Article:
Coal, steel, oil — we think of these old-economy industries, and we picture pollution. Smoggy skies, fouled rivers, toxic waste. As we make the transition to a new economy, we imagine that industrial pollution will become a thing of the past. Mobile phones, laptops, MP3 players — they conjure images of spotless semiconductor factories and the eternal summer of Silicon Valley where the digital economy was born.
But the tech industry has a dirty little secret: it has toxic waste of its own. Phones and computers contain dangerous metals like lead, cadmium and mercury, which can contaminate the air and water when those products are dumped. It's called electronic waste, or e-waste, and the world produces a lot of it: 20 to 50 million tons a year, according to the UN — enough to load a train that would stretch around the world. Most of the e-waste ends up in developing nations like China, India and Nigeria, to which rich countries have been shipping garbage for years. There the poor, often including children, dismantle dumped PCs and phones, stripping the components for the valuable — and toxic — metals contained inside. In the cities like the southern Chinese town of Guiyu, they work with little protection, melting down components and breathing in poisonous fumes. (Full)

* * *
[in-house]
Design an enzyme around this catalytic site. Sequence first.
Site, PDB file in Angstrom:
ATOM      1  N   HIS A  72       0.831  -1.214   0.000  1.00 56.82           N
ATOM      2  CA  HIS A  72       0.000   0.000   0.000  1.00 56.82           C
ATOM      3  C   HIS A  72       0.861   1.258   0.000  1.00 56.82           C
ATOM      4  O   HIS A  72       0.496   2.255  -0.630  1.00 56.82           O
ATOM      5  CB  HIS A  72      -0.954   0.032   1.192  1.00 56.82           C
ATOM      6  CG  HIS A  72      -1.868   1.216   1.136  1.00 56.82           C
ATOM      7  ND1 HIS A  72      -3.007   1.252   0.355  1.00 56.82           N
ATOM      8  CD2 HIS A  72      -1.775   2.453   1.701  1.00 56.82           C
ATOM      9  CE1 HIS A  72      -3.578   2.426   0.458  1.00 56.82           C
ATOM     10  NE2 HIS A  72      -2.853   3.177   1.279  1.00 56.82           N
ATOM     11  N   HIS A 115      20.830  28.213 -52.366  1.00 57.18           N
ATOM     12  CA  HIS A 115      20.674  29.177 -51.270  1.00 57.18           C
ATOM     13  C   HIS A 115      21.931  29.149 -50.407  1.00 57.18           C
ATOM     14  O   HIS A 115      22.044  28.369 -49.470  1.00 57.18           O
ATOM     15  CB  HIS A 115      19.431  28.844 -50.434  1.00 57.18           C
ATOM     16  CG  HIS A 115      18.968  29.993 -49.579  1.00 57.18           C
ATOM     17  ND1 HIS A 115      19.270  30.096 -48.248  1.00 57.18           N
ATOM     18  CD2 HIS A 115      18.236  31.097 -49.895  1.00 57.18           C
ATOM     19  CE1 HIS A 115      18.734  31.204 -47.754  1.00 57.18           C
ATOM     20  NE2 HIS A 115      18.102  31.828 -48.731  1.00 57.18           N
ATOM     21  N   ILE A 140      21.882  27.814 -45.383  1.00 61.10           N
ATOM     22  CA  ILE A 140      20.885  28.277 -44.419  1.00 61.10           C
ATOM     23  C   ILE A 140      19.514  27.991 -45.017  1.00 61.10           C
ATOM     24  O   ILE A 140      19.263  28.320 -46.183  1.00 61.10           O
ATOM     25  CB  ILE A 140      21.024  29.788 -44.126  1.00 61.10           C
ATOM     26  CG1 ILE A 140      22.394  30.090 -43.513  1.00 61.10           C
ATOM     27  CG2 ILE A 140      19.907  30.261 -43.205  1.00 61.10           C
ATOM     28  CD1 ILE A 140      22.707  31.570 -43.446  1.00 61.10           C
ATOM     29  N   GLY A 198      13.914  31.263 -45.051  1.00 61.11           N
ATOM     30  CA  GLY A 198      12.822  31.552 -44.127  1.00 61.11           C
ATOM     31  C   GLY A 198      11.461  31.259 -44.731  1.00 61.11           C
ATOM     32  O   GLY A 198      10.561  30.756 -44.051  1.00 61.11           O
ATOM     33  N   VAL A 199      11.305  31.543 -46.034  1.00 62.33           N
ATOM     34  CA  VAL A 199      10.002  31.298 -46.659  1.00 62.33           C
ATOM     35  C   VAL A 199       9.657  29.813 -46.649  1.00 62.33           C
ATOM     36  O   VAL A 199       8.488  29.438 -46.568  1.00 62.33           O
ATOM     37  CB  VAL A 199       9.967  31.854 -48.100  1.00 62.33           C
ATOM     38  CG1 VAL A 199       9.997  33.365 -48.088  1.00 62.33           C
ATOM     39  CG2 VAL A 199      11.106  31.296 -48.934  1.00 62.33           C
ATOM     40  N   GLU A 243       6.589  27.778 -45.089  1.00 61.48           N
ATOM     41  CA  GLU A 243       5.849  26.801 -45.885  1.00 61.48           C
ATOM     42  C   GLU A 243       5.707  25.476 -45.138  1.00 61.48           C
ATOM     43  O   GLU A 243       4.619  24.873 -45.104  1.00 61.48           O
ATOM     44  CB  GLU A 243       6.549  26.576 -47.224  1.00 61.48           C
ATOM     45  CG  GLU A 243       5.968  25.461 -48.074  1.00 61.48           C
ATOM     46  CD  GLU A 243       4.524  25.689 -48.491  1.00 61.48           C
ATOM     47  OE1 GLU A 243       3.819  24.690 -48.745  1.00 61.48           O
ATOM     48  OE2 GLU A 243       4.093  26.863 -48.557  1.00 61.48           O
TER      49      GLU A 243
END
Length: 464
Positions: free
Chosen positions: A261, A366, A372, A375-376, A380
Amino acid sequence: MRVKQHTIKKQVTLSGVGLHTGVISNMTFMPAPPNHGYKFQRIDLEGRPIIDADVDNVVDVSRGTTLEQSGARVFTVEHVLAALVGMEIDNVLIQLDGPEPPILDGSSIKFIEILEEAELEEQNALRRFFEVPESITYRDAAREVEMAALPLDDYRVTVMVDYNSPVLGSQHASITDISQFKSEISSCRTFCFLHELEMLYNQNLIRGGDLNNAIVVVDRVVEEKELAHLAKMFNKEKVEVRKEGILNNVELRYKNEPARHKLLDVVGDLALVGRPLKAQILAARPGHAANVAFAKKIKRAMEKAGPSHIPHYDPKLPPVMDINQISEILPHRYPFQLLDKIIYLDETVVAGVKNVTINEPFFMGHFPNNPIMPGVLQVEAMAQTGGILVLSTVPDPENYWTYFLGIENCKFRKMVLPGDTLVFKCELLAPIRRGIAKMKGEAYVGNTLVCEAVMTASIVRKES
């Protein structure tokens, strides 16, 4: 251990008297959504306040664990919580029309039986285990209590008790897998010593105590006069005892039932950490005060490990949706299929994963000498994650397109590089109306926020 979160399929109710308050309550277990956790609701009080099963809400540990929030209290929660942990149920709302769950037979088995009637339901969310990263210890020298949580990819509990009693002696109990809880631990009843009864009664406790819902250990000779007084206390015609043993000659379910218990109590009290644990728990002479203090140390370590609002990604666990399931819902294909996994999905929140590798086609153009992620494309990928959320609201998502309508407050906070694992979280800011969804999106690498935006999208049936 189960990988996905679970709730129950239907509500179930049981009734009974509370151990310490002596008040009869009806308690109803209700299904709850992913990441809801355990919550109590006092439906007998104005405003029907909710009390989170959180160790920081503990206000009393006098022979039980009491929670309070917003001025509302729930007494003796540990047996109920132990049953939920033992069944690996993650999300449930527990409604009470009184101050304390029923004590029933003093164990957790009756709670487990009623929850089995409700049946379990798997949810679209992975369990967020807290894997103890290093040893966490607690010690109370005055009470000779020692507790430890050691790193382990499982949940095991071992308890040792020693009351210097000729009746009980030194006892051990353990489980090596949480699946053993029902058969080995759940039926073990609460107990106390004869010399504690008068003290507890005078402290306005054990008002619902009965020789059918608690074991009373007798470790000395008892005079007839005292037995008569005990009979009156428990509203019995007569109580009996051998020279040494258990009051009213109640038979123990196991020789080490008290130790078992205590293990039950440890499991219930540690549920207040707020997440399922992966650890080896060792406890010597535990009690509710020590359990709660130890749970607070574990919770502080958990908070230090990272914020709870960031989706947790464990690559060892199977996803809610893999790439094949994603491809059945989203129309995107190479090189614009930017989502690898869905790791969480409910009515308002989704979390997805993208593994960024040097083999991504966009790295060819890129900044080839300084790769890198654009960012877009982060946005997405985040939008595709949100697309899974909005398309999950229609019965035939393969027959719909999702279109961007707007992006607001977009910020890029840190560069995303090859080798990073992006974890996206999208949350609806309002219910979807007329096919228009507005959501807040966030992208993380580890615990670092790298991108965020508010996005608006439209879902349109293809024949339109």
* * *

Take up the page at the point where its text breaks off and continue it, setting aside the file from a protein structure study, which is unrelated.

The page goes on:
More posts on The Road about the environment.